The first three months of 2018 were unpredictable, to say the least, from record-breaking Nor’easters to bracket-busting March Madness results. Similarly erratic were last quarter’s top fraud busts, including kickback schemes, unnecessary surgery, and a racket that put dangerous opioids out on the street. With help from the National Health Care Anti-Fraud Association, we’ve compiled the top fraud and abuse allegations for the first quarter of 2018.
California bariatric surgery scheme: $250 million
The U.S. Attorney for Los Angeles claims that two doctors falsified sleep study results to convince patients to undergo bariatric surgery, then billed major insurers for the fraudulent procedures. The pair allegedly doctored test results to demonstrate sleep apnea and obtain pre-authorization from insurance companies. They’re facing charges of mail fraud, wire fraud, false statements, money laundering, and aggravated identity theft.
Massachusetts Medicaid fraud: $123 million
The Massachusetts Attorney General believes a mental health provider that serves about 30,000 low-income residents allowed unlicensed and unqualified employees to see patients, then fraudulently billed the state’s Medicaid program. South Bay Community Services allegedly allowed employees without degrees in social work to perform mental health services, overseen by non-licensed supervisors. The company disputes the allegations.
Multi-state compounded medication scheme: $65 million
A Tennessee couple stands accused of defrauding TRICARE, the U.S. military’s healthcare program, by issuing prescriptions for compounded medications and mailing them to active-duty servicemembers in Southern California. The duo allegedly had recruiters sign up sailors and Marines to participate in a non-existent paid medical study, then issued the prescriptions without any kind of medical exam. The U.S. Attorney’s office says each specialty mixed medication cost TRICARE more than $14,000 per month.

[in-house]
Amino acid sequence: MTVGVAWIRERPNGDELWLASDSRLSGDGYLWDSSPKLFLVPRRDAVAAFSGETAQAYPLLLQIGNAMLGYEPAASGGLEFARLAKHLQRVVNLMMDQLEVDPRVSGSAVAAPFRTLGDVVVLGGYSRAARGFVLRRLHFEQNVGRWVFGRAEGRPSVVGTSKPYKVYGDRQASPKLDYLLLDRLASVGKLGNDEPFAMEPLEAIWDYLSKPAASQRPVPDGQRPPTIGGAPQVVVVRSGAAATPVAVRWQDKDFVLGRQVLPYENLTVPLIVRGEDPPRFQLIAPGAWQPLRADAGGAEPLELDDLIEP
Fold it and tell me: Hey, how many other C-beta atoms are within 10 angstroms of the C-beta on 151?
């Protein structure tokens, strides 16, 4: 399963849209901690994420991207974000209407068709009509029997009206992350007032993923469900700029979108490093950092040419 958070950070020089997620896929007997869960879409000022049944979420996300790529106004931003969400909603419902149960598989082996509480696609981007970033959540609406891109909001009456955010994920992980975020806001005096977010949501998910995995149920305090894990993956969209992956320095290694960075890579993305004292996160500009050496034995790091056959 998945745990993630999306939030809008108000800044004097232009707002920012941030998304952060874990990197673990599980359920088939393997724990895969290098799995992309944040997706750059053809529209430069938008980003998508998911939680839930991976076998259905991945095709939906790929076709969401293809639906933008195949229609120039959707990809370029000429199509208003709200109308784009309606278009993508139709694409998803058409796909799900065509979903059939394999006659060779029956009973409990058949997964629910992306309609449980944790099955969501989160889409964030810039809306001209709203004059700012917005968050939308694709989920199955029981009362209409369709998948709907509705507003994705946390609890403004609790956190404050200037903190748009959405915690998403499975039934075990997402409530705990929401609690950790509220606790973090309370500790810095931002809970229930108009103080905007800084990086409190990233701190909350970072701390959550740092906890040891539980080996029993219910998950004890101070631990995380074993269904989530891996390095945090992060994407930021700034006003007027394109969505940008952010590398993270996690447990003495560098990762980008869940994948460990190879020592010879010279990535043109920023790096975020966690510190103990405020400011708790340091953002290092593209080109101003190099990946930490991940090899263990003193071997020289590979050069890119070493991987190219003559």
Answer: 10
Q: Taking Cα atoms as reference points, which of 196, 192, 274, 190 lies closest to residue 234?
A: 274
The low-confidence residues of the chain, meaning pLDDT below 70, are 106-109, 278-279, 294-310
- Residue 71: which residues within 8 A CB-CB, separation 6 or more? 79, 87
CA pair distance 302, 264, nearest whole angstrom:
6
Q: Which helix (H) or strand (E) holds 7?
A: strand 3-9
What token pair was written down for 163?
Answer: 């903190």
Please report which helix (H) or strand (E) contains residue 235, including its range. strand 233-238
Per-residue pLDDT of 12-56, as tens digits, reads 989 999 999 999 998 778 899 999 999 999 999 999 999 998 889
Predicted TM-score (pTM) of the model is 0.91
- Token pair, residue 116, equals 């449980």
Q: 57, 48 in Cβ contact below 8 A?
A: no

Michigan opioid scheme: $18 million
A Michigan doctor doled out prescriptions for 2.7 million dosage units of highly addictive narcotics without any medical reason, according to the U.S. Attorney’s office. Seven patient recruiters who are also charged allegedly paid acquaintances to visit Dr. Zongli Chang and receive a prescription, for which the recruiters also paid Chang. The recruiters are accused of then distributing the powerful drugs illegally, contributing to the opioid crisis.
California toxicology scheme: $13.5 million
Anthem Blue Cross alleges a financially strapped medical center has fraudulently billed the insurer more than $13 million for toxicology testing. This comes after Sonoma West Medical Center partnered with Florida-based Reliance Laboratory Testing, which paid the hospital $2 million to conduct toxicology testing for it. But according to Anthem, the medical center then billed the insurer for testing actually performed by Reliance. Anthem notes that hospitals such as Sonoma West receive much higher reimbursement for urine drug testing than a lab such as Reliance. The medical center has since ended its partnership with the Florida lab.
New Jersey kickback scheme: $4.4 million
A New Jersey doctor is accused of bribing chiropractors to refer nearly 800 patients to his pain management facility. The physician then fraudulently billed insurance companies for $4.4 million over a decade, according to the New Jersey Attorney General’s office, receiving more than half a million dollars. Three of the five chiropractors allegedly involved in the scheme have already pleaded guilty.
Delaware Medicare fraud: $1 million
Following a whistleblower case, Delaware-based Orthopaedic and Neuro Imaging LLC (ONI) has been ordered to pay $16 million for false Medicare claims. This comes after a whistleblower filed a lawsuit alleging ONI administered contrast dye during MRI scans without proper physician supervision. According to the case files, ONI performed more than 2,000 unsupervised procedures across multiple offices and received Medicare payments totaling more than $1 million.
The exact amount of money lost each year to healthcare fraud, waste, and abuse (FWA) is difficult to precisely quantify, but estimates typically are in the hundreds of billions of dollars. Learn more in our FWA Solutions fact sheet.